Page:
Patara, in ancient times, was a leading light in the creation of a truly democratic society that had a peaceful coexistence with the city’s natural environment. Patara, blessed as it was in creation by Apollo’s son Patarus, was surely always bound to be a place of inspiration and cooperation. Throughout the ages, the city stood and grew, supported by nature and loved by all who visited.
As one of the most influential seats of the Lycian League, Patara, was a city noted for its democratic rule and its union with nature. The ancient Council House, the Bouleuterion, housed at least twenty-three city-states of the Lycian League, which existed along the Mediterranean coast of Turkey from about 167 BC until 400 AD. The city established a thriving democracy, utilizing proportional representation, which was unparalleled in the ancient world. Patara relied heavily on the natural world for its continued expansion and endurance. The sea, the river and the verdant forests in the area supported the city in its ambitions, ultimately helping it become an inspiration for cities everywhere, both in the ancient and the modern world.
Perched on the sea, by the mouth of the Xanthos river and surrounded by rolling green hills and valleys, Patara was and remains an idyllic location. The city boasted a natural harbour, and its fate was tightly intertwined to the sea, its tides and currents. These tides brought to Patara great thinkers, leaders and spiritualists of the day, a trend that is continued in today’s Patara, as visitors from all walks of life come to explore the city. As the city became enriched culturally and via trade, its populace likewise flourished and became strong. Supported by the surrounding land, visitors were inspired by the city’s leadership, democratic ideals and its connection to nature.
Today, we live in cities that are widely connected by trade and commerce, visitors (whether they be tourists, new locals or old friends and family) all add a particular flavour and enjoyment to our lives. What is missing, however, is a true connection and bond with nature. Reflecting on what the future could be, may mean taking a step back into the past and Patara is the perfect spot to take a moment and think of what is and what can be.
As visitors stroll through the ruins of this ancient city, relics of past lives mingle with the natural surroundings, reminding us that nature is ever present and enduring. While walking along the ancient colonnaded streets, one can imagine the sellers calling out and customers inspecting the wares, while the birdsong cascaded over the valley and the waves crashed to the shore - not a car horn within earshot! Continuing on through the streets, visitors will find thermal baths, filled by mountain springs. In ancient Patara, as at the local hammam, the chance to socialise with neighbours and friends still endures today, only the setting is different. Isn’t it funny to think that, though knowledge and technology have driven us this far forward, our sense of community and the power of community have endured through the ages?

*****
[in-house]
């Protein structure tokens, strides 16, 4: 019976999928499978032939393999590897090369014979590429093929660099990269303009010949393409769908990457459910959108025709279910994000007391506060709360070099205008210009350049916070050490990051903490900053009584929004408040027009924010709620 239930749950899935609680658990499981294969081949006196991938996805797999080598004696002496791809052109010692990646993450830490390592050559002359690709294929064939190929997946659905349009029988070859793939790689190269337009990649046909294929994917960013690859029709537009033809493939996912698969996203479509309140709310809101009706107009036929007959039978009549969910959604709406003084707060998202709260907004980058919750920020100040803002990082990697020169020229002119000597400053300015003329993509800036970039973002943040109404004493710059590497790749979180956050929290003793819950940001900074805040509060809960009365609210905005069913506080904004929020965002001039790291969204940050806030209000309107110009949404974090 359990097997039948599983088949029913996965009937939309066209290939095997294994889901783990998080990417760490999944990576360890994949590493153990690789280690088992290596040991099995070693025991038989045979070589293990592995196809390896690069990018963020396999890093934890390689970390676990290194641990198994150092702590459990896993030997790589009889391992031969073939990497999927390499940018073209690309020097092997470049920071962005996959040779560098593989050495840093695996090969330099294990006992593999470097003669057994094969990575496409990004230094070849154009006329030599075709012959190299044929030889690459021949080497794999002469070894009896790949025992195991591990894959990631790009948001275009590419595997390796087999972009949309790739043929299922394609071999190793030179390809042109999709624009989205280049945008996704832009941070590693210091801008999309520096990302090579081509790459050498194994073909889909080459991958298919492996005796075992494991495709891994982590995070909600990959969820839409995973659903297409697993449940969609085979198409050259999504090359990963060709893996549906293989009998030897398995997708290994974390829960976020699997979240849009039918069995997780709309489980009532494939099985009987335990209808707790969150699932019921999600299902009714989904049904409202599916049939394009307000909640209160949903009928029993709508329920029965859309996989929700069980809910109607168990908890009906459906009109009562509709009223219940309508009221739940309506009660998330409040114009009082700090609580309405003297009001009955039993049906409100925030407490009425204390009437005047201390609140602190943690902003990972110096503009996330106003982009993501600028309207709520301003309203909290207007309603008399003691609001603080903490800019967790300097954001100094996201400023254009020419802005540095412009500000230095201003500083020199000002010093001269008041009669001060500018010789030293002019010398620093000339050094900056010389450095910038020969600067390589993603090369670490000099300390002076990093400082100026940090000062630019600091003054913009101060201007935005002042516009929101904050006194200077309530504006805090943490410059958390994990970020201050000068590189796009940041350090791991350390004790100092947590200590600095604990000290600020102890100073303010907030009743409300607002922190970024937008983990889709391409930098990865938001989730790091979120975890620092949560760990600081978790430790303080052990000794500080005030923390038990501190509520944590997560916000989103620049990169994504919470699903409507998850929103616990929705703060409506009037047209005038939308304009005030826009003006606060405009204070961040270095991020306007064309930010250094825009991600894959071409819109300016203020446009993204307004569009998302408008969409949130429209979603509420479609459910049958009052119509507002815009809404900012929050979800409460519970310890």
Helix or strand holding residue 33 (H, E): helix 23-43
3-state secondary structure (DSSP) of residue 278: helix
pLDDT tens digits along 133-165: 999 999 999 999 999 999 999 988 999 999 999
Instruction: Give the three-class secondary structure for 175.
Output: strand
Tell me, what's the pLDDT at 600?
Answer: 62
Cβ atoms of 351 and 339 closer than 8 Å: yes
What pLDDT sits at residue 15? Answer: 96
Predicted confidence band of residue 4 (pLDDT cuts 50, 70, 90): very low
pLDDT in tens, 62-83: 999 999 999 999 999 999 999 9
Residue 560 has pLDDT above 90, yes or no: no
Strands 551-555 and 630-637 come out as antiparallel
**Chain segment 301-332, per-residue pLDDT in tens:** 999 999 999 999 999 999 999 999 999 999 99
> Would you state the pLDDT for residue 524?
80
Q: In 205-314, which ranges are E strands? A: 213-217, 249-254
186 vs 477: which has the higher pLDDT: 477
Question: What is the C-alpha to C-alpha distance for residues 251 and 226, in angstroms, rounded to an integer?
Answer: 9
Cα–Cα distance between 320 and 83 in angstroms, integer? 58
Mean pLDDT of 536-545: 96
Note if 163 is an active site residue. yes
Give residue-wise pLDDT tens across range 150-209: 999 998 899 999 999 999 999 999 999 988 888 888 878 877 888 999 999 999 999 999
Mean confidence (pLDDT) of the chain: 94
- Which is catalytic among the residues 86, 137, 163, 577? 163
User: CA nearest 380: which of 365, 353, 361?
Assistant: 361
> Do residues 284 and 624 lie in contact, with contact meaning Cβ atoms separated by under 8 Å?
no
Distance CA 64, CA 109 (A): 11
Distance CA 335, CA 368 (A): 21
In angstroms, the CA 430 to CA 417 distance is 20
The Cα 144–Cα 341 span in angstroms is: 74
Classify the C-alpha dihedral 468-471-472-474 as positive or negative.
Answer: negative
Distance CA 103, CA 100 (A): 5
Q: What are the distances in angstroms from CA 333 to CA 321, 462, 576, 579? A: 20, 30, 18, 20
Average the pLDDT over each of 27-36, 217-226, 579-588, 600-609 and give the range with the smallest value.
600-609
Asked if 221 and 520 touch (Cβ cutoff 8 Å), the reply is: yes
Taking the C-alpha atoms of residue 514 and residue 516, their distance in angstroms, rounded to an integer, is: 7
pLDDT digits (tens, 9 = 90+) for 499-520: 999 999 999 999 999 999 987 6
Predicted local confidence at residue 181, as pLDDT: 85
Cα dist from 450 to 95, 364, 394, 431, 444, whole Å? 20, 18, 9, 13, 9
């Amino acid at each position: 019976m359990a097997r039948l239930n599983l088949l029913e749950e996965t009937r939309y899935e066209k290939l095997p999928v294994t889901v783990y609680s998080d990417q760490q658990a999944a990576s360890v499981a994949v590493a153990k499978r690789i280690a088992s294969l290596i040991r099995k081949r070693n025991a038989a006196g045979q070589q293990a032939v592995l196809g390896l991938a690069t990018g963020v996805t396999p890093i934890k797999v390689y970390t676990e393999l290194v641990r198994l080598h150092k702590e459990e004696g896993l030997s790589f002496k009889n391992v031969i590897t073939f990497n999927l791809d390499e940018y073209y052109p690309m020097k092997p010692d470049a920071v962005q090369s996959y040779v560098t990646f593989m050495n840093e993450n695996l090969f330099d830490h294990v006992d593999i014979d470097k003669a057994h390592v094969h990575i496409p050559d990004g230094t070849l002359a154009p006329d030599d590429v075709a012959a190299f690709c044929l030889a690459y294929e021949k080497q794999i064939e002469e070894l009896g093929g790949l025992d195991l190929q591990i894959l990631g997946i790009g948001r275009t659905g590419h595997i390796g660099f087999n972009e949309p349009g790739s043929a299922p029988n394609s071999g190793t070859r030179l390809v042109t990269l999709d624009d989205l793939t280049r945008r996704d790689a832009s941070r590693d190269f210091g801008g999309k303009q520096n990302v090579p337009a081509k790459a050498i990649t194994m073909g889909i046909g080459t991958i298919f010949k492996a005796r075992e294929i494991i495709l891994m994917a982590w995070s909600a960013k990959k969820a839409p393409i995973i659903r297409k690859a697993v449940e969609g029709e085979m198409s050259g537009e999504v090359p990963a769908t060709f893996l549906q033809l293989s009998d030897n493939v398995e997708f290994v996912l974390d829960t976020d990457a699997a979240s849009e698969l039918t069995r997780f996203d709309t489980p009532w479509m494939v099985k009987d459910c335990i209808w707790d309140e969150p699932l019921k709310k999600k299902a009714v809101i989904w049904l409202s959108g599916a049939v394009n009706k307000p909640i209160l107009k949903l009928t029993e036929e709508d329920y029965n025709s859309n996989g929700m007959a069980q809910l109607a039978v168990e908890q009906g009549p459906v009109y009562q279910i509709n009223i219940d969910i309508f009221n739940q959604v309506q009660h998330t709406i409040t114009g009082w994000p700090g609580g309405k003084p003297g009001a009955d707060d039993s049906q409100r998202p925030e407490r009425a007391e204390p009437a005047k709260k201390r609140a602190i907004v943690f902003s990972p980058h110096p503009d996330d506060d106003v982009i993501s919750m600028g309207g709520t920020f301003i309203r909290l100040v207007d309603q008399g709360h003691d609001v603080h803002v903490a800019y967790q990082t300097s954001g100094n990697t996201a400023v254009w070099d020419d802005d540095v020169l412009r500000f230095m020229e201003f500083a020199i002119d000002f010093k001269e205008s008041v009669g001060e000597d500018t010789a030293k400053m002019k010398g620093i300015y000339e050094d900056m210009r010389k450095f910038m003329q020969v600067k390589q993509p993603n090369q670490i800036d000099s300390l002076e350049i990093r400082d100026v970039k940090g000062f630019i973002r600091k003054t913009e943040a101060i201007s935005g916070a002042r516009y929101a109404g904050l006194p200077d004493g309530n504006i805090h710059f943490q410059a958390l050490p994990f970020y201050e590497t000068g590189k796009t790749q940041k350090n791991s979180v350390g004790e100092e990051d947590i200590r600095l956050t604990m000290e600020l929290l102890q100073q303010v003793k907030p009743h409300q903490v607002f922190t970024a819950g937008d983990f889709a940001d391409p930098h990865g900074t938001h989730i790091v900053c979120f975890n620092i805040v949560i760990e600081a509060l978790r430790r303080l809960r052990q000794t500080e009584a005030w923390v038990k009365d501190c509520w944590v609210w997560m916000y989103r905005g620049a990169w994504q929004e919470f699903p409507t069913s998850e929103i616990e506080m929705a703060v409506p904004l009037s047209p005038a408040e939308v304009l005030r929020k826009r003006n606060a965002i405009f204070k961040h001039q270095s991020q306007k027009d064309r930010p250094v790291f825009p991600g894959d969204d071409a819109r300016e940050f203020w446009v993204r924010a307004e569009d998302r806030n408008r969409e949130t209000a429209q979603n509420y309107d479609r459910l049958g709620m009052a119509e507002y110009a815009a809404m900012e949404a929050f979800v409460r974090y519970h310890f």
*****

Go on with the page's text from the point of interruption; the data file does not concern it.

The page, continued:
Visitors to Patara will come over roads of grassy paths to the Bouleuterion, where parliament met. With room for at least 1.000 representatives, the Bouleuterion, with its views out over the city to the sea, must have been a place of lively debate. Setting foot here today is both awe-inspiring and somewhat invigorating. Those under Lycian rule created communities that truly flourished and supported one another, working as a city to reach common goals and working together within the region to address issues. We can also see Patara and Lycia praised by Montesquieu; “Were I to give a model of an excellent confederate republic, I should pitch upon that of Lycia.”
Today’s visitors, like the Patarans of old, will be inspired by the close proximity to the natural world. Wandering through the grasses that could have been fields rich with orchards or grains, harvested to fill swollen granaries, still visible today. The rush of the ocean on the breeze will fill visitors with the enormity of the sea, the world and our place in it. Allowing a moment to pause for reflection on the positive impact each person’s life can make on our community and the world around us. One of the world’s oldest lighthouses still stands in Patara, built by Nero in AD 65. The lighthouse is both a testament to our human need for human need for connection and a reflection of natüre on the destiny of mankind.
Fuelled, no doubt, by the abundant surroundings, the citizens of Patara learned to grow and prosper into a true democracy. The impact of their peaceful coexistence with each other and the land was an inspiration for other cities along the Mediterranean coast and its legacy continues today. Visitors to Patara today will be inspired by the rich democratic ties to the area, the rich nature that surrounds the city and by the possibility of living once again in true communion with nature.